Nathan Monsarrat is an agent with the CIA.
To ask him, he is an ex-agent and happy to be gone from the Agency but to ask them, he very much still is associated with them and at their call whenever they need him. Granted, they might need more than a little bit of persuasion when the call comes but they make sure that it is enough to get him to do what they need.
When we first meet Monsarrat, he is just being released after being held captive by Fighters Against Terror in Africa (FATA), a rebel group in the delta region of Niger River. FATA had been holding him for the past several months and that period had not passed well for the man, shown by him having lost sixty pounds and "now skeletal with dysentery, enervated by malaria, and beset by a gallimaufry of lesser jungle diseases". All of that sounds bad with some even worse.
Prior to his capture by FATA Monsarrat had been in impressive shape: "An inch over six feet, he possessed a thick mop of unruly, brown hair and weighed five pounds below two hundred. His unblemished skin shone with health, and his crisp, brown eyes flashed with energy. The muscles of his chest and arms were firm. His six pack rippled. He carried himself as if he were still a three-letter athlete at the university in his native Iowa, football in the fall, basketball in the winter, and baseball in the spring". Those college days had been fifteen years earlier, before he "exchanged his undergraduate innocence for the arrogance of the CIA".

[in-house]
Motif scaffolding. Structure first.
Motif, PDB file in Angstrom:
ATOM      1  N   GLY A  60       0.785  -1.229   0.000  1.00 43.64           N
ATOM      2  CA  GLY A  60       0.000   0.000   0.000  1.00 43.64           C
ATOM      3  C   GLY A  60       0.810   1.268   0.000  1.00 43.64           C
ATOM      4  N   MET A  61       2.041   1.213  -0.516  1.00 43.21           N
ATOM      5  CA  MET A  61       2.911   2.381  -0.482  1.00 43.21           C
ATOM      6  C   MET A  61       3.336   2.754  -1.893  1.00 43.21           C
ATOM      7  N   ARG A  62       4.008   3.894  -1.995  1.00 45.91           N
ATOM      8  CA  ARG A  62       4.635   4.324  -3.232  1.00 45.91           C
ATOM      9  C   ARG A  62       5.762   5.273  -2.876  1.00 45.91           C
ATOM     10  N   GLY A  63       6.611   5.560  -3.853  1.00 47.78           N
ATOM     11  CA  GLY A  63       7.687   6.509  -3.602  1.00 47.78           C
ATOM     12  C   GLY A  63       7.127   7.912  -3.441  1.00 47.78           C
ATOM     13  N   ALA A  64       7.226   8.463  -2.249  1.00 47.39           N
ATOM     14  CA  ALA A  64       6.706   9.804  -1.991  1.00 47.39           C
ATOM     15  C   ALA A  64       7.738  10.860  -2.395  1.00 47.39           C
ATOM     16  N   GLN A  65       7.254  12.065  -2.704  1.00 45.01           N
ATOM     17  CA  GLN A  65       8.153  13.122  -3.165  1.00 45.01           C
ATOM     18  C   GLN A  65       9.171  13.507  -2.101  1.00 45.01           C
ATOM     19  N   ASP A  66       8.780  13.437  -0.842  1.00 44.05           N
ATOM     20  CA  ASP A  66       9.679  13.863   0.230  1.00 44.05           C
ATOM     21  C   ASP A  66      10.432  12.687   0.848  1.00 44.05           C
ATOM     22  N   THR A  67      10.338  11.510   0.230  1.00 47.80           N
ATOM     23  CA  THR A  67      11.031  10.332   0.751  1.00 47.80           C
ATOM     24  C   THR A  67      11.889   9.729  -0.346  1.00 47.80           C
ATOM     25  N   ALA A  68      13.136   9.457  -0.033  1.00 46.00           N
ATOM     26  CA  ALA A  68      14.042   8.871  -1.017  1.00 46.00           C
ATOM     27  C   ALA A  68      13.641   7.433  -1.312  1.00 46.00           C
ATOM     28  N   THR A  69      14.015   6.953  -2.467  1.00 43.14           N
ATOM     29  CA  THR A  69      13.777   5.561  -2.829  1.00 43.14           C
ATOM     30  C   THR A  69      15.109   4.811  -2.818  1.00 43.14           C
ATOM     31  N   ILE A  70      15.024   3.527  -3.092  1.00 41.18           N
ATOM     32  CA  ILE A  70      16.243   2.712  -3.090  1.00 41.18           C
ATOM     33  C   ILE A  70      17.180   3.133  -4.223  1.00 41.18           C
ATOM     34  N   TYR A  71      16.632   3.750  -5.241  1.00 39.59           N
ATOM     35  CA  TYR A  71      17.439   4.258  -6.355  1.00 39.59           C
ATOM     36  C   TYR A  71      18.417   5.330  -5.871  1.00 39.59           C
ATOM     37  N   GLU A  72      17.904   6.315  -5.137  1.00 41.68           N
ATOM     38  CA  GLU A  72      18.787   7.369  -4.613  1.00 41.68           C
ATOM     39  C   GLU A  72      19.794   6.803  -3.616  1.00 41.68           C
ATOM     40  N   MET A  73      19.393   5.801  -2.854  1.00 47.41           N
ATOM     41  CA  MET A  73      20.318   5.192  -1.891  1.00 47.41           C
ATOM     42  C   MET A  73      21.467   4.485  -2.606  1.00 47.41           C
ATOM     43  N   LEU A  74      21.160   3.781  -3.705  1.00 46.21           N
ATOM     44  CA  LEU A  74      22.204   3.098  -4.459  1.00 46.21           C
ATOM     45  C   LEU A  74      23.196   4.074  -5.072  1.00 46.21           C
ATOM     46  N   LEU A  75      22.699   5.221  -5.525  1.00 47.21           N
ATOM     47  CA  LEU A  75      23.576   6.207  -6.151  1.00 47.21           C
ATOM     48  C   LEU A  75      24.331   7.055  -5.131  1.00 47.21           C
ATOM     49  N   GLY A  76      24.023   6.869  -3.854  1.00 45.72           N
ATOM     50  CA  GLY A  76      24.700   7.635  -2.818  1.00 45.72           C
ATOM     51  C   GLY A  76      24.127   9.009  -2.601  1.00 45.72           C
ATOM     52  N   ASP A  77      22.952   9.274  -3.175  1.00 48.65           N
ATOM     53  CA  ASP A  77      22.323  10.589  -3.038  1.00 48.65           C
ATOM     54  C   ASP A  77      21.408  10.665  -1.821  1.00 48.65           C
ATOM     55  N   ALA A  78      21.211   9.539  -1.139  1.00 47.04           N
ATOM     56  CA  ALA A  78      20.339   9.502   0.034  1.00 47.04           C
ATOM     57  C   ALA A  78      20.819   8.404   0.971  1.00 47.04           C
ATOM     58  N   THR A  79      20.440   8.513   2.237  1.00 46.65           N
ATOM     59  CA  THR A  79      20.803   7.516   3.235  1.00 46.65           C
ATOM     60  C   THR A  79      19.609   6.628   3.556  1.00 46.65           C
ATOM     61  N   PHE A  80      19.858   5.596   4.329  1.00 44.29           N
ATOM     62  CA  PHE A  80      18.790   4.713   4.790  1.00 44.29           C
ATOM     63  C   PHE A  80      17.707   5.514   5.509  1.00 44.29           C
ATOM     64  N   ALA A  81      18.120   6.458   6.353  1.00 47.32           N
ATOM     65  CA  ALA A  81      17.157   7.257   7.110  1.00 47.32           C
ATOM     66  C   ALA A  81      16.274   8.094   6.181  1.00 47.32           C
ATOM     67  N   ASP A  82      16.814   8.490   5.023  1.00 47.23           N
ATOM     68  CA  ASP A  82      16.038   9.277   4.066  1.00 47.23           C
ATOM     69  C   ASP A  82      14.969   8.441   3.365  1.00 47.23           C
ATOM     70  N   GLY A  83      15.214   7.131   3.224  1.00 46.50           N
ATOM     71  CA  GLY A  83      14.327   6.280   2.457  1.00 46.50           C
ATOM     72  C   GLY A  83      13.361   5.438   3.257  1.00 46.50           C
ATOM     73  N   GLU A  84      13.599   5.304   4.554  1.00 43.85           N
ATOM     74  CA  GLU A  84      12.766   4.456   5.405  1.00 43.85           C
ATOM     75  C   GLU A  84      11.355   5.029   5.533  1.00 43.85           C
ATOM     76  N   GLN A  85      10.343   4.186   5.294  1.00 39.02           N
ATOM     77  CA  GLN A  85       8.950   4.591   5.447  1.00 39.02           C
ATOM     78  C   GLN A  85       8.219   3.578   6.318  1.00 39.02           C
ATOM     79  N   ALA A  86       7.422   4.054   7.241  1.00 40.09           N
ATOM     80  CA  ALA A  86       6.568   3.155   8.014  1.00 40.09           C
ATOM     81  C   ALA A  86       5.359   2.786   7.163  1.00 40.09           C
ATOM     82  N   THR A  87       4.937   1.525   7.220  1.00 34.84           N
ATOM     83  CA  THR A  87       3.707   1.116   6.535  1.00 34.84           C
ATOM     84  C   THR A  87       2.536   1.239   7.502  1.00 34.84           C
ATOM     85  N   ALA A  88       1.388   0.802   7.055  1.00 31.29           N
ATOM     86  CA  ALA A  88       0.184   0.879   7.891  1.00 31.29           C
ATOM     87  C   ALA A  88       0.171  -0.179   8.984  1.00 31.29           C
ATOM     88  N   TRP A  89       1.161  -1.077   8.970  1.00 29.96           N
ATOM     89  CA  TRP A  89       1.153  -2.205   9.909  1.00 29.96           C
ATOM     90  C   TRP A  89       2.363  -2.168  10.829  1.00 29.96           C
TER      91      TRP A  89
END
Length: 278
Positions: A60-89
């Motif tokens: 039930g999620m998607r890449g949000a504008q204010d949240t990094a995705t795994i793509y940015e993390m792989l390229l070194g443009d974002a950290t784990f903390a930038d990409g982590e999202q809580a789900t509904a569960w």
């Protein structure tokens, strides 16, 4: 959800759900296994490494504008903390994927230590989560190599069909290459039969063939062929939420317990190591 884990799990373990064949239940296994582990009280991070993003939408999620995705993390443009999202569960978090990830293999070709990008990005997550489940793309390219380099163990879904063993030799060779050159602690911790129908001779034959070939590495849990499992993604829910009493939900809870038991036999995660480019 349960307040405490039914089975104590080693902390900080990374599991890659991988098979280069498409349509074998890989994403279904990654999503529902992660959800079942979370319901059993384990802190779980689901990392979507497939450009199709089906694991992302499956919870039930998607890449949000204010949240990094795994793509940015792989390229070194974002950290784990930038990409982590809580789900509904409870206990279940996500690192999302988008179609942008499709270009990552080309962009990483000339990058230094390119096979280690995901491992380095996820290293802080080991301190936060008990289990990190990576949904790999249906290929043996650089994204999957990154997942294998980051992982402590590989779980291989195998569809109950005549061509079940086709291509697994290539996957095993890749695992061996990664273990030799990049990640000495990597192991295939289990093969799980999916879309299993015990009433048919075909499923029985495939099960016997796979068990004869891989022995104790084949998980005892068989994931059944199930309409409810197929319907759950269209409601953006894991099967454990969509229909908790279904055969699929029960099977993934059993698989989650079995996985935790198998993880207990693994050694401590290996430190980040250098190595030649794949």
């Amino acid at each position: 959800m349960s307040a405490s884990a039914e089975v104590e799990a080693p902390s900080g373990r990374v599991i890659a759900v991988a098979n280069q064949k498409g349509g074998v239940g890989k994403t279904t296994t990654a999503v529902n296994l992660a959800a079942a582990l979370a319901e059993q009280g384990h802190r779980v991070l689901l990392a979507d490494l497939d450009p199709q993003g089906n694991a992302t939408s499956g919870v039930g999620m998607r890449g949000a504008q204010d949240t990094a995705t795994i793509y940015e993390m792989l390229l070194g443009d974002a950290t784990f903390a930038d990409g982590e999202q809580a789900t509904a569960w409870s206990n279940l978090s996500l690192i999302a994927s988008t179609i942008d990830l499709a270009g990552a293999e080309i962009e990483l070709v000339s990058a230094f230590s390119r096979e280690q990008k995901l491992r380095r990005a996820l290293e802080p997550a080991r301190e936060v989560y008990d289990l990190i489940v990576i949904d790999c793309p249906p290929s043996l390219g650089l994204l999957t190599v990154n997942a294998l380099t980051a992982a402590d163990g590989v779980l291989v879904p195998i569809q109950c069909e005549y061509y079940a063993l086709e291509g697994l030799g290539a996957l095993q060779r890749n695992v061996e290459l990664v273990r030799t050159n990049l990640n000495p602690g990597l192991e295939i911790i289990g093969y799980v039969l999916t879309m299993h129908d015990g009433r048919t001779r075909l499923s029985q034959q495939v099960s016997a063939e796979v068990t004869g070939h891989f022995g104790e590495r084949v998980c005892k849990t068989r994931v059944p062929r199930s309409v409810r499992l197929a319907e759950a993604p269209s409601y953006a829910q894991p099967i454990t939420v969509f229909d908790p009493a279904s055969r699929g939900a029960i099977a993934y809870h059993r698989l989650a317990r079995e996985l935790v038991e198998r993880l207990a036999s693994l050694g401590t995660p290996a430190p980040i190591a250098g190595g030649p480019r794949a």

His horrific experience with FATA cemented his growing desire to leave the Agency and he accomplished that, with some help, and just past his 40th birthday, we meet up with Monsarrat as he works as the Dean of Undergraduate Studies at Greylock College in western Massachusetts. His Agency days were behind him and his new simpler life was all he really wanted; at least as far as he was concerned. Unfortunately, many of those at Langley would find new things for him to do and new ways to force him to do them.
- Regarding his joining the Agency, Monsarrat recalls how "fifteen years earlier, he exchanged his undergraduate innocence for the arrogance of the Central Intelligence Agency".